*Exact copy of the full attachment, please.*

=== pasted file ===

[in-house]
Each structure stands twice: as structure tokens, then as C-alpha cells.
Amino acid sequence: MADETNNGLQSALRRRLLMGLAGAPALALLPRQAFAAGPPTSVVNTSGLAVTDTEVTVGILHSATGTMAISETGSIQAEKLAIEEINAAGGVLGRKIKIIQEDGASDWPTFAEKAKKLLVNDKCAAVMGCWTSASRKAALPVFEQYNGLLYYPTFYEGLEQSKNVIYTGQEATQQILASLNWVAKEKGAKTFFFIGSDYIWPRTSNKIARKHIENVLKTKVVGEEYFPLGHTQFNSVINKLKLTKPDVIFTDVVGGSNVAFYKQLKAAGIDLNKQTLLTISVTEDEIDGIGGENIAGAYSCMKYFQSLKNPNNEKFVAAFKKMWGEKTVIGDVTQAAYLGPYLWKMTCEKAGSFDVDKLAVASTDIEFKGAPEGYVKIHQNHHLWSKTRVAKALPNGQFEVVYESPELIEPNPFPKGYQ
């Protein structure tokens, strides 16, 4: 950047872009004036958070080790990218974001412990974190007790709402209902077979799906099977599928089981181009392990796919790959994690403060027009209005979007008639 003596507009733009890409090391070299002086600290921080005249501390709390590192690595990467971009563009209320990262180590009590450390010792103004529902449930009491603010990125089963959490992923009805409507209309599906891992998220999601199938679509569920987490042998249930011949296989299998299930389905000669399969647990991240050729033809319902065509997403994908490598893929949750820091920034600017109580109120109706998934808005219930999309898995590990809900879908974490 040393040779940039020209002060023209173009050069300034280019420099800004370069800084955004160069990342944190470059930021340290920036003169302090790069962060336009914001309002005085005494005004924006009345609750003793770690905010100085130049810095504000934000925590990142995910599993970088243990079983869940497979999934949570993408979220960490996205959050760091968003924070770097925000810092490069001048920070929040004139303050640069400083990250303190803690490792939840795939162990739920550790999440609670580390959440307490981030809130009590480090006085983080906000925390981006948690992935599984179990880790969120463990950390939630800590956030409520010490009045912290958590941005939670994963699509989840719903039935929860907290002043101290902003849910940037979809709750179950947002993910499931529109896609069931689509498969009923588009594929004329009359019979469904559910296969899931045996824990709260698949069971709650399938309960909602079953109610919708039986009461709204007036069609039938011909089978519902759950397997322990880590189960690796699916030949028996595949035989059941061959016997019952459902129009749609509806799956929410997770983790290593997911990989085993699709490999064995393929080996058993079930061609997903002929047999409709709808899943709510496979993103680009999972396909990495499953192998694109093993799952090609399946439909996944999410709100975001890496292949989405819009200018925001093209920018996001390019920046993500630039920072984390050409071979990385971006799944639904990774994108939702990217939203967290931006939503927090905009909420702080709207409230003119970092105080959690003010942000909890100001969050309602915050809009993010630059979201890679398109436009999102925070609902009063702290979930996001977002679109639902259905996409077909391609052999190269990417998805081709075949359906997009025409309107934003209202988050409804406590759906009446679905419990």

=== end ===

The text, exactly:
[in-house]
Each structure stands twice: as structure tokens, then as C-alpha cells.
Amino acid sequence: MADETNNGLQSALRRRLLMGLAGAPALALLPRQAFAAGPPTSVVNTSGLAVTDTEVTVGILHSATGTMAISETGSIQAEKLAIEEINAAGGVLGRKIKIIQEDGASDWPTFAEKAKKLLVNDKCAAVMGCWTSASRKAALPVFEQYNGLLYYPTFYEGLEQSKNVIYTGQEATQQILASLNWVAKEKGAKTFFFIGSDYIWPRTSNKIARKHIENVLKTKVVGEEYFPLGHTQFNSVINKLKLTKPDVIFTDVVGGSNVAFYKQLKAAGIDLNKQTLLTISVTEDEIDGIGGENIAGAYSCMKYFQSLKNPNNEKFVAAFKKMWGEKTVIGDVTQAAYLGPYLWKMTCEKAGSFDVDKLAVASTDIEFKGAPEGYVKIHQNHHLWSKTRVAKALPNGQFEVVYESPELIEPNPFPKGYQ
């Protein structure tokens, strides 16, 4: 950047872009004036958070080790990218974001412990974190007790709402209902077979799906099977599928089981181009392990796919790959994690403060027009209005979007008639 003596507009733009890409090391070299002086600290921080005249501390709390590192690595990467971009563009209320990262180590009590450390010792103004529902449930009491603010990125089963959490992923009805409507209309599906891992998220999601199938679509569920987490042998249930011949296989299998299930389905000669399969647990991240050729033809319902065509997403994908490598893929949750820091920034600017109580109120109706998934808005219930999309898995590990809900879908974490 040393040779940039020209002060023209173009050069300034280019420099800004370069800084955004160069990342944190470059930021340290920036003169302090790069962060336009914001309002005085005494005004924006009345609750003793770690905010100085130049810095504000934000925590990142995910599993970088243990079983869940497979999934949570993408979220960490996205959050760091968003924070770097925000810092490069001048920070929040004139303050640069400083990250303190803690490792939840795939162990739920550790999440609670580390959440307490981030809130009590480090006085983080906000925390981006948690992935599984179990880790969120463990950390939630800590956030409520010490009045912290958590941005939670994963699509989840719903039935929860907290002043101290902003849910940037979809709750179950947002993910499931529109896609069931689509498969009923588009594929004329009359019979469904559910296969899931045996824990709260698949069971709650399938309960909602079953109610919708039986009461709204007036069609039938011909089978519902759950397997322990880590189960690796699916030949028996595949035989059941061959016997019952459902129009749609509806799956929410997770983790290593997911990989085993699709490999064995393929080996058993079930061609997903002929047999409709709808899943709510496979993103680009999972396909990495499953192998694109093993799952090609399946439909996944999410709100975001890496292949989405819009200018925001093209920018996001390019920046993500630039920072984390050409071979990385971006799944639904990774994108939702990217939203967290931006939503927090905009909420702080709207409230003119970092105080959690003010942000909890100001969050309602915050809009993010630059979201890679398109436009999102925070609902009063702290979930996001977002679109639902259905996409077909391609052999190269990417998805081709075949359906997009025409309107934003209202988050409804406590759906009446679905419990």